Jason, in the classical version, is another figure whose success depends on the intervention of others (although I’m not sure mercy is the applicable concept here). And, come to think of it, he also brings destruction home with him, in the form of the classical Medea (apparently a much more malevolent figure than she was in preclassical versions of the story).
Mythology strikes me as being a lot like biology: the field of evidence is incredibly complex, and that inspires the impulse to systematize, organize. But this impulse tends to be destructive of the evidence it’s meant to explain. (“If it swims in the sea, it’s a fish. Get out of here with your porpoises, Aristotle! You can’t even count teeth. Okay, now if it flies in the air, it’s a bird. Why is Mr. Wayne looking upset over there?”)
[…] don’t really get this. Is it a legacy of Joseph Campbell,** and his peculiar desire to make all stories structurally […]
It’s funny, because it’s got the same kind of sound to it as Tantalos and Pelops–but you plainly can’t make any but the most general statements about it without looking at actual texts.
And even if you had the actual texts, you’re still kind of stuck, because you’re working not with direct knowledge of the language, but with a translator’s interpretation of it. Whatever your glossary says, it’s not true, it’s only as close to true as the guy that wrote it is able to get.
The error propagation in comparing the syntax and vocabulary of two works that are themselves translated must border on the astronomical.
the impulse to systematize, organize… tends to be destructive of the evidence it’s meant to explain
Back in the 19th century the theory about Native American languages was that they were so primitive they didn’t have fixed sounds. The theory of “alternating sounds” was blasted by Franz Boas, who noted that you could tell from any transcription of Inuit what the native language of the transcriber was–German, English, Norwegian, etc. Each heard the sounds through the filter of their own language, and where the Inuit sound categories crossed their own, heard a sound sometimes one way, sometimes the other.
We now know that every language has its own sound system where each unit is relative to (contrasts with) others in the system. We now have a whole vocabulary with which to describe individual phonological systems, using articulatory phonetics, rules of allophonic variation, and the like. No one argues with this any more. But everyone’s still arguing about mythology.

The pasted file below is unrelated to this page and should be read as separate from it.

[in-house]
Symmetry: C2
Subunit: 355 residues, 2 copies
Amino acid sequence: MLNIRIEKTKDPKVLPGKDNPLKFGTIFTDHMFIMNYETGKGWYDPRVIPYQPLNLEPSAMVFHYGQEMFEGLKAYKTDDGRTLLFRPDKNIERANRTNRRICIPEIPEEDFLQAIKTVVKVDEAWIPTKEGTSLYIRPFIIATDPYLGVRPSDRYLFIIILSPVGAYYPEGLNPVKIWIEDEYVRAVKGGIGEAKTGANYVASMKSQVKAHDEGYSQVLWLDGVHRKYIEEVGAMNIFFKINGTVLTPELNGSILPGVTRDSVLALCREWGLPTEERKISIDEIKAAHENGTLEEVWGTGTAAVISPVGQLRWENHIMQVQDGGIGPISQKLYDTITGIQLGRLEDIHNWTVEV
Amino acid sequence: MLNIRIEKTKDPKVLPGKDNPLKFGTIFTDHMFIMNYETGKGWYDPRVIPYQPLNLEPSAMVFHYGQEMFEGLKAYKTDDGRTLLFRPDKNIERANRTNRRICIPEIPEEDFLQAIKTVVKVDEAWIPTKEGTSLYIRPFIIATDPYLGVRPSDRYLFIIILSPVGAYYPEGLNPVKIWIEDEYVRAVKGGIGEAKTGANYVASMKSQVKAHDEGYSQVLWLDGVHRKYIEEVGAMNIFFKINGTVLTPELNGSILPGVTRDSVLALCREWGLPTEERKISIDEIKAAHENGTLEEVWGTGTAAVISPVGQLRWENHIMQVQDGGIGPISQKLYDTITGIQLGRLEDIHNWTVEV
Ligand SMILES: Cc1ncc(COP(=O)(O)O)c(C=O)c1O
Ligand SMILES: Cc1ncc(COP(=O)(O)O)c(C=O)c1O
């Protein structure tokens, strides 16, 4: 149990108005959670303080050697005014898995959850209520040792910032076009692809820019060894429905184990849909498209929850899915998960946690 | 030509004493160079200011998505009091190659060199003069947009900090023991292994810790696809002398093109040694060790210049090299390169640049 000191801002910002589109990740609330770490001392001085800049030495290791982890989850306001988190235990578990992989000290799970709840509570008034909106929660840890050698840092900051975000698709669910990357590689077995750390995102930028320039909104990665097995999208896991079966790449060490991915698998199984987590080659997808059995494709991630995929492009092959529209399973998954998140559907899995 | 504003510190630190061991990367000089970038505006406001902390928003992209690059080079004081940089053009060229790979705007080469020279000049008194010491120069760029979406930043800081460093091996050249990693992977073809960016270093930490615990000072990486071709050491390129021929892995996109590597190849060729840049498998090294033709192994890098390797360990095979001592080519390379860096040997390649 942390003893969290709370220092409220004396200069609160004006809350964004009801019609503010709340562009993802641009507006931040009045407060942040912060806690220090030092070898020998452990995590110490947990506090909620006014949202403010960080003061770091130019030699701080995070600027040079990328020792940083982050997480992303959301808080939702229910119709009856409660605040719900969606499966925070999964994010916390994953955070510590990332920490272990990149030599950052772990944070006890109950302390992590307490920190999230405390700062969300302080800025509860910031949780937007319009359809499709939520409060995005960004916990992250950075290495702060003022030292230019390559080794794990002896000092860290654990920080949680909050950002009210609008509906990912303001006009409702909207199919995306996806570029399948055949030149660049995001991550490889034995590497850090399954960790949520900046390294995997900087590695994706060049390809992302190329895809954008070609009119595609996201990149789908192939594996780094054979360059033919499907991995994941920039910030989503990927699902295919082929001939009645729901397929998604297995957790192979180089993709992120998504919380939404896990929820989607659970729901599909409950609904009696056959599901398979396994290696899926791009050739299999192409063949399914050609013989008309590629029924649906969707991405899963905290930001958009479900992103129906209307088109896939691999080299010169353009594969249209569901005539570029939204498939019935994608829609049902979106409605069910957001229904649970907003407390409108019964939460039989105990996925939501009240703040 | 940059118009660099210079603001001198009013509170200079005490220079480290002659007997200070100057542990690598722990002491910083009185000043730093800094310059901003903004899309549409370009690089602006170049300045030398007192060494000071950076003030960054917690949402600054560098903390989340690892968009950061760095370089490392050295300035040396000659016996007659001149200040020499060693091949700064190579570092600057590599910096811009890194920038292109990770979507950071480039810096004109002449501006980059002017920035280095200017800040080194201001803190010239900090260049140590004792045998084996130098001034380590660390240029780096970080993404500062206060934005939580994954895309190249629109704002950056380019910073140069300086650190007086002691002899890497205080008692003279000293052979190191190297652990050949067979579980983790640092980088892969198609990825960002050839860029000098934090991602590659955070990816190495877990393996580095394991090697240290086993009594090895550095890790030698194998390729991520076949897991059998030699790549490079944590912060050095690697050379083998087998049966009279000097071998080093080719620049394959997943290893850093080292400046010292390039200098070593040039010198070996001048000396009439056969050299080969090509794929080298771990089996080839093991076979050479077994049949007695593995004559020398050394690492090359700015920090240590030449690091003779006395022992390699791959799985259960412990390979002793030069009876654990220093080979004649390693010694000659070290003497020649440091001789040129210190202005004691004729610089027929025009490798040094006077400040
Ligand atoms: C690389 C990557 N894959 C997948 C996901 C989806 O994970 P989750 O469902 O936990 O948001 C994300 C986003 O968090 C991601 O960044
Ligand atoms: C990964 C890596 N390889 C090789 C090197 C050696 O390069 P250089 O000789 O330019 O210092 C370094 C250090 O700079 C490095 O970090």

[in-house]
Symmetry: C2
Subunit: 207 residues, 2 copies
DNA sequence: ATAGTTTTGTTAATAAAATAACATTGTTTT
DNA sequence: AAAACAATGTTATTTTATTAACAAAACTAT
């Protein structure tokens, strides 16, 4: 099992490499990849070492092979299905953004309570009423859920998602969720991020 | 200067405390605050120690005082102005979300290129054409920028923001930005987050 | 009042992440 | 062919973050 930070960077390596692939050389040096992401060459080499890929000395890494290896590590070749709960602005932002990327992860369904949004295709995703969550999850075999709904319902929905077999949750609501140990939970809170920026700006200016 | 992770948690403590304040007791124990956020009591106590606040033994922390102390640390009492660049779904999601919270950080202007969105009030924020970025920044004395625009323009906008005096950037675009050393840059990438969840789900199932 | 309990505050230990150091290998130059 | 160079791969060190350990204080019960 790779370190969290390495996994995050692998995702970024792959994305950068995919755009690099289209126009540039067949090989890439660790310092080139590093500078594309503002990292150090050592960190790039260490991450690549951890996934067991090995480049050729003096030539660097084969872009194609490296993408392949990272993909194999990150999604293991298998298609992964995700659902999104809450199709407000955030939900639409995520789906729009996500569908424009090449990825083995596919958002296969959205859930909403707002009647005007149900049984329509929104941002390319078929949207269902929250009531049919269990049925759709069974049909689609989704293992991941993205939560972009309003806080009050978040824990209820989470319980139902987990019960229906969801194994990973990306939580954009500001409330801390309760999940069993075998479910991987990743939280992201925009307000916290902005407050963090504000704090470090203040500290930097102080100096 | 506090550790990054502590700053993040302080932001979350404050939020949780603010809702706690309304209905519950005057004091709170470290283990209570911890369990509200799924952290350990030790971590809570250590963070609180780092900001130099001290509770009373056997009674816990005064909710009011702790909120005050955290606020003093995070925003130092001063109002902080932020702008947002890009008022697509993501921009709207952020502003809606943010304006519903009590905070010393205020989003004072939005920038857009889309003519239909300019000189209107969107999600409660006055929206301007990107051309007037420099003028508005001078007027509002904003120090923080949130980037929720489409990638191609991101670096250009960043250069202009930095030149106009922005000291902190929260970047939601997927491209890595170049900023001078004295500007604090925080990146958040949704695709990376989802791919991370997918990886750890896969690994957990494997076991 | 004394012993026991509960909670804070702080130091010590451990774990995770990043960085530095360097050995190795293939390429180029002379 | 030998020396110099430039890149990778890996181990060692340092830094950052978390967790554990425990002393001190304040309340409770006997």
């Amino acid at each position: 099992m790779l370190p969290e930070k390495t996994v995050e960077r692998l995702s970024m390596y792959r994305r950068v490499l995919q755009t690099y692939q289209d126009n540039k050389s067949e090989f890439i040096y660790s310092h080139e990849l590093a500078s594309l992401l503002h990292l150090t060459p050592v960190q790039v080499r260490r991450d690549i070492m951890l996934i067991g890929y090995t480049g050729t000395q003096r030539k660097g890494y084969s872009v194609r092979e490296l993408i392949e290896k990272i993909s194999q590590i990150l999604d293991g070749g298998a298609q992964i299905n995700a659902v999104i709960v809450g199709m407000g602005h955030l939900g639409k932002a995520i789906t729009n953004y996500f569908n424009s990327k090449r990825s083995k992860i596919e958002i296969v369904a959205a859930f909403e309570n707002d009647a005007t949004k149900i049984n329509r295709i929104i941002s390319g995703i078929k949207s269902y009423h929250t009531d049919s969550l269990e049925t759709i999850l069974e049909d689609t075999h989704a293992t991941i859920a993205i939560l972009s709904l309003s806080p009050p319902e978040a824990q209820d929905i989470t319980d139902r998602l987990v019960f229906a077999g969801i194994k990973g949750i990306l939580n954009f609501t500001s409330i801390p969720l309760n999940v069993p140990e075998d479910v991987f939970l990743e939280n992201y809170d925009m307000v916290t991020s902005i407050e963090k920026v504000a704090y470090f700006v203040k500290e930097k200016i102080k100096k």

My argument (I wrote my dissertation on it) is that mythologies are complex communicative systems like languages and each one has multiple levels of structure, each level with its own sets of rules and conventions. Propp’s Morphology of the Folktale (that biology metaphor again) is an analysis of a single level of structure, the sequence of plot functions, in the Russian wonder tale. It looks pretty good and people applied it blindly to bodies of tales from other traditions and were then critical that it didn’t apply to those nearly as well, and therefore it must not be a very good theory. In this case, it’s like examining Inuit through the phonological system of Norwegian and then saying Norwegian phonology isn’t a very good explanation of universal sound rules.
I don’t think the problem is with mythology! It’s that people tend to have too much invested in their views about mythology to study it empirically.
The theme of dismemberment and resurrection is very widespread in the middle east, mediterranean, and Eruope as well as elsewhere… Osiris, for instance, and John Barleycorn (see: The Golden Bough). You could doubtless find some kind of psychic-universals explanation. I think the metaphorical linkages on the ground are quite different in the Kwakwaka’wakw material (and those can’t necessarily be generalized even to the rest of the north Pacific coast). They’re not with agriculture or seasonal renewal as in Europe/Mediterranean, but cultural notions of the spirit masks of game animals and how they renew themselves after death and consumption.
Why the wolves are the chief shamans of the animal world is an interesting question… I always thought it must have something to do with their interest in carrion and the regurgitating they do to feed the pups. But also there’s what it’s like to hear them howling to each other in the night time… leaves a big impression.
Re original texts: in this case I have some knowledge of the language, but by no means that of a native speaker (and the language has changed a great deal over the last century). The story I was translating was taken down from the storyteller, and the dictionary I used had the virtue of having many textual citations, so you could go look at how the root was used, often very helpful. That being said, there were plenty of times in the translation process where I found myself with questions, and places where it’s my best guess.